Wednesday, December 21, 2005

My Commute

Working for the MTA is nobody's idea of a picnic. Let's get that straight right away. I'll spare you my customary "growing up around here..." lecture and simply state that I know a handful of guys with TWU jobs. Two are electricians in the LIRR's Hillside Maintenance Facility, and a few others work for NYC Transit. It's not easy work, it's often dangerous, and that sort of employment isn't for everyone.

I'd never begrudge anyone a pension, either. Half pay for the rest of your life after twenty years of service once you turn fifty? Who in their right mind wouldn't jump on that if given the chance? Sounds good to me. I have a friend who dropped out of college some years back to go to work for Jamaica Bus. Started out cleaning and parking buses in the depot down near Kennedy Airport. We all thought he was insane.

"Another five years," said his older brother, "he's gonna be laughin' at all of us."

Boy, was that poignant.

Here in New York, we're hip-deep in heavy industry, and the entire area happens to be one of the world's major seaports, so we've got just about every conceivable 'macho' job on the planet covered. For guys in "my neighborhood" -- there I go again -- the city itself is our industry. Like Pennsylvanians, for generations, went to work in steel mills and coal mines, and as Texans struck out into the oilfields, kids from the five boroughs of New York and Long Island have aspired to "get into the union." To "get the bennies," and "get vested," serving the city in some capacity.

The point of it all is to get your "twenny an' out," start collecting your pension, and get down to Florida by the time you turn forty-five. You're then required -- have to check the manual on this one, but I'm reasonably sure it's mandatory -- to start a housepainting business and refinish a boat. Mustaches are optional, but I'll look that up, as well, just to be sure. There could be fines involved for non-compliance. Damned near everyone I know is doing the same thing -- just killing off their twenty years until the pension kicks in. Meantime, you spend your time figuring ways to work the system, refinancing your mortgage, and telling everyone what a great hockey player your little future derelict is.

It's all good, if you ask me. You live around here, and you're not college material -- and, in many cases, even if you are -- you'd be insane not to milk the process for all it's worth. You move up the ranks in any of our unionized structures around here -- civil service, construction, teamsters, et al -- and you'll eventually be making seriously livable money. Not that you'll ever break the bank or anything, but you'll have immediate security, the best medical benefits package imaginable, and the knowledge that there's a big-assed light -- your pension -- at the end of the tunnel after twenty years.

I fully understand the desire, and the necessity, to take care of people upon retirement after years of service, especially in jobs like these. I really do. But if a guy drives a bus for twenty-five years, and retires at the age of fifty, I have a bit of difficulty reconciling the responsibility of the MTA to pay him -- based the salary he earned over the last three years of his tenure -- $40K per year (estimating here) for the next thirty years while he goes and works somewhere else. I'll probably be crucified for saying something like this, but I've always been mystified by the sense of pension entitlement around here. It's all anyone ever talks about. Mind you, this is coming from someone whose entire family is comprised of civil servants and union members. And I won't even get into the fact that most, if not all, of these union pension plans compare favorably to those received by twenty-plus year veterans of the US military, a subject I find particularly galling.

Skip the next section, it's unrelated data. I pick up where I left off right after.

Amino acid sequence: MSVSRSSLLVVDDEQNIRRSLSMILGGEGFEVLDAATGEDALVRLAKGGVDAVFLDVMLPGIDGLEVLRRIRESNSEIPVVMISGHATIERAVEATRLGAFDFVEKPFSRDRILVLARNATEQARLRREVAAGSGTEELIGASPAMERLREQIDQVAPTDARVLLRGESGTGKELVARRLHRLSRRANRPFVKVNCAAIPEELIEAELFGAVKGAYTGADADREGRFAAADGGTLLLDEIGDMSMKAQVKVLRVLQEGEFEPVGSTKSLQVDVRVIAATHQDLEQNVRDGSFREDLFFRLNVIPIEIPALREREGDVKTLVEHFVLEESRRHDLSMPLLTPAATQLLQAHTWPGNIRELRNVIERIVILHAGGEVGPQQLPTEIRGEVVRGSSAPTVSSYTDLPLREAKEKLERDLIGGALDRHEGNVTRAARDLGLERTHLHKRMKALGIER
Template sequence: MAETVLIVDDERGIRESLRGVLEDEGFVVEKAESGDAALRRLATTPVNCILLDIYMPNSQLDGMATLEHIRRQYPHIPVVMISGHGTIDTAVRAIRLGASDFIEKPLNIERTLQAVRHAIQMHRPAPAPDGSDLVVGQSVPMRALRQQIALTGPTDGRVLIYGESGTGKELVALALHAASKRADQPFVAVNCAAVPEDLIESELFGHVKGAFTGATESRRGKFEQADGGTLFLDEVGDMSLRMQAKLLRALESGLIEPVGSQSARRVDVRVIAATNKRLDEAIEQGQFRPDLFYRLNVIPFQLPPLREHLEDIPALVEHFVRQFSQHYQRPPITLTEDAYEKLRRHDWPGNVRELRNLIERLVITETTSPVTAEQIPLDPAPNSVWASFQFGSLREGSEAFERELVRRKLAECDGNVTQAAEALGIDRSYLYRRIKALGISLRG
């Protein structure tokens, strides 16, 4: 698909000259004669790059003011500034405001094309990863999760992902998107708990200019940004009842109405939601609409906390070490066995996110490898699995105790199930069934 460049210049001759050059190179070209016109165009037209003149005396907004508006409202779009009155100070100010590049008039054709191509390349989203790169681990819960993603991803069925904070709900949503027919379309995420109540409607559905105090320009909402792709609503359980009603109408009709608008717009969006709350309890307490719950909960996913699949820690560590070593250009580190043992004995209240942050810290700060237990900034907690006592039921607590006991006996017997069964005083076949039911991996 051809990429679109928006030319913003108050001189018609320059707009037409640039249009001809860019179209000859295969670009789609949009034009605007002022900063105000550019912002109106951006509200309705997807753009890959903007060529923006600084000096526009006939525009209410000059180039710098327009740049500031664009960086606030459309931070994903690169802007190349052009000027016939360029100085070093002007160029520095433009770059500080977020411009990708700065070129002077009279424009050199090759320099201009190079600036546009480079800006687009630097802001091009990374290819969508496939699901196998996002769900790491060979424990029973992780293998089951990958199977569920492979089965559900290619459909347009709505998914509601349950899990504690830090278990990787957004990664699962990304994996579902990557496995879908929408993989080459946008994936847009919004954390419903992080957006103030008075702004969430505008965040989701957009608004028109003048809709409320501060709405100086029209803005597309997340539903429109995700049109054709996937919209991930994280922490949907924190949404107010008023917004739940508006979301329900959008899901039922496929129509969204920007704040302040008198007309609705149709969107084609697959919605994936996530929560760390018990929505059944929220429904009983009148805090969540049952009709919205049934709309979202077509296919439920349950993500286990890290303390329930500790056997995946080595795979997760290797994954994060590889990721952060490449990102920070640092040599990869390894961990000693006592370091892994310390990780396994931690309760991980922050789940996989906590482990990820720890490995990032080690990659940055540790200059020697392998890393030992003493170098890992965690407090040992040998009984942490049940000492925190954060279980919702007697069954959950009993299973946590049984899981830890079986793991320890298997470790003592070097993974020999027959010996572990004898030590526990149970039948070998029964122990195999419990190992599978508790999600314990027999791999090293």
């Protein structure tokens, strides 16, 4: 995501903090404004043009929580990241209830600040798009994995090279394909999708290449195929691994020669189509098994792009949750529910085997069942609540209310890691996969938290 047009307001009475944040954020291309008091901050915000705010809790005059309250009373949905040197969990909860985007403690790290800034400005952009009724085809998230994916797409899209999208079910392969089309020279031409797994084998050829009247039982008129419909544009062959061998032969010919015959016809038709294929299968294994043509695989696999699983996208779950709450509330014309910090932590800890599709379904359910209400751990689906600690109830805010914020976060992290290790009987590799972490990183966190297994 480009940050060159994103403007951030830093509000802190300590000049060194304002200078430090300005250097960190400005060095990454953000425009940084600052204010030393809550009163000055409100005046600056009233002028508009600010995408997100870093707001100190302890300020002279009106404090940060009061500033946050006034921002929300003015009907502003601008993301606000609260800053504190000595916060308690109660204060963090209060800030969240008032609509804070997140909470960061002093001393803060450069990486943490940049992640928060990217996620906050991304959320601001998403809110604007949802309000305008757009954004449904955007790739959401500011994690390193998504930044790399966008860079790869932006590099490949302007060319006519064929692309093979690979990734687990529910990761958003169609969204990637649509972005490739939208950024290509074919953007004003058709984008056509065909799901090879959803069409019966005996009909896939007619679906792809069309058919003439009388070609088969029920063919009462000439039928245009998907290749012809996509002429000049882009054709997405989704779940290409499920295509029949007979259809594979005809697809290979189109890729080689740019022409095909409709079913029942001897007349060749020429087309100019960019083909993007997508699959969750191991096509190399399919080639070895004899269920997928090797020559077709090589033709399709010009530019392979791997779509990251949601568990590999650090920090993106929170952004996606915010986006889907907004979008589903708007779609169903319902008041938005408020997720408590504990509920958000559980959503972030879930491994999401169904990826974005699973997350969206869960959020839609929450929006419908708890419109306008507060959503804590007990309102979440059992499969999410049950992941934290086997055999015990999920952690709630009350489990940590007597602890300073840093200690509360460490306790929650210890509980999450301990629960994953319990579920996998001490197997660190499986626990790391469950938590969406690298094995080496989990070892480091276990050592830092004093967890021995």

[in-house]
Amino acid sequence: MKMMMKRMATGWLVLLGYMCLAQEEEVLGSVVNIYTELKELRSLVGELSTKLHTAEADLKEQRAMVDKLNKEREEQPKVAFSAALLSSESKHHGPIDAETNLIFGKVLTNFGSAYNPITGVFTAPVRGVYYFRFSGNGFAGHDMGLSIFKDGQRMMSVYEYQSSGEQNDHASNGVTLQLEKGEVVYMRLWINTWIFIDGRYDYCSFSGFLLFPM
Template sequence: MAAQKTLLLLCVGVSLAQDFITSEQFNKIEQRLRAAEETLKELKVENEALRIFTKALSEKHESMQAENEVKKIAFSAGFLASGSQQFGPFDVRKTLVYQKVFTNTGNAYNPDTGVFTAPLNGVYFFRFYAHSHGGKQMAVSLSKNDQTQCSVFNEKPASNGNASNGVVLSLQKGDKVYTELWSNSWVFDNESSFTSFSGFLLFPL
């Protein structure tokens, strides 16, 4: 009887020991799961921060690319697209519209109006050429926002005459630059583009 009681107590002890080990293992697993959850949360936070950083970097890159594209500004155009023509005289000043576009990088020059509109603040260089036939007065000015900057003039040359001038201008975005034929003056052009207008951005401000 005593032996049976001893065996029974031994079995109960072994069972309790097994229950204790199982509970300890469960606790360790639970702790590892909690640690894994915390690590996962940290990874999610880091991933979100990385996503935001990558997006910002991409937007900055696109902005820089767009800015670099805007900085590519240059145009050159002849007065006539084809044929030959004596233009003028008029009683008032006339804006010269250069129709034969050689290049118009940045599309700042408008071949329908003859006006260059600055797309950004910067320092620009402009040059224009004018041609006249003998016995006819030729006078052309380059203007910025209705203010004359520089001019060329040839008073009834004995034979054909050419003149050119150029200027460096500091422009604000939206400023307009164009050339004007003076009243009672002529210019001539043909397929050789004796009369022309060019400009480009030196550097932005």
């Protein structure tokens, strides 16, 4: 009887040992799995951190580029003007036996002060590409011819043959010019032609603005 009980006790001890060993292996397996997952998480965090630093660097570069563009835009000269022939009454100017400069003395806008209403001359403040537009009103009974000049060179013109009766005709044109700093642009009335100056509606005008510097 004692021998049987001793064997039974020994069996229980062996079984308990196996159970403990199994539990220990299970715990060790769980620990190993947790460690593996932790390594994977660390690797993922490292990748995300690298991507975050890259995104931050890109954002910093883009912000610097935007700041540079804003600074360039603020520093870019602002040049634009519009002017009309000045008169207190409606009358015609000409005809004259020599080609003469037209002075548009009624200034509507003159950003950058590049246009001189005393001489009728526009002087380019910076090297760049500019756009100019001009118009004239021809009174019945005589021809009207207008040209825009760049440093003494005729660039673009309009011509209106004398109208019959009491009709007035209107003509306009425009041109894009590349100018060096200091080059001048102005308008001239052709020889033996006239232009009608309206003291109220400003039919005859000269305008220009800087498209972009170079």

The MTA, however, isn't completely blameless here. The raises they're offering hardly match the cost of living increases employees will face over the life of this contract, and most jobs of this nature in New York are grossly undersalaried. But what the fuck do people expect with the monumental pension expenditures the entire system is facing? Most employers offer retirement plans which entail matching contributions, 401Ks and the like, but in "The Union" -- pick one -- all you essentially have to do is wait it out, and they'll simply hand over the cash, no questions asked, after your twenty years are up. And I can guarantee you that we'll see the results, whatever the outcome of these negotiations, in the form of major fare hikes in the very near future, as if $2 a ride to take the subway isn't absurd enough as it is.

So what happens? They shut down the entire fucking city, and then walk away from the table. Honestly? The rest of it is fine. Take your raises, take your pension, take everything else. No problem. But the moment Roger Toussaint and the rest of the TWU decided to get up from the table and walk out of the room, they should've been forced, at gunpoint, to sit the fuck back down and get the damned thing hammered out.

Toussaint: "I think that our members of the union has the goodwill and support of most working New Yorkers who distrust the MTA. I think that we'll have the growing support of working men and women."

Dude, in which alternate fucking sphere of reality are you living? Sure I "distrust" the MTA. We all do, just like we "distrust" the intentions of every major employer in the United States. Working people all collectively harbor that "distrust," but you're not winning anyone over by leaving us out in the cold to make a point about what you think you're "entitled" to. Do yourself a favor. Head over to Penn Station at around 5 PM tomorrow and see how much support you've garnered from the people standing in line down 7th Avenue, and then go back to the negotiating table so decent people can fucking go to work on Thursday.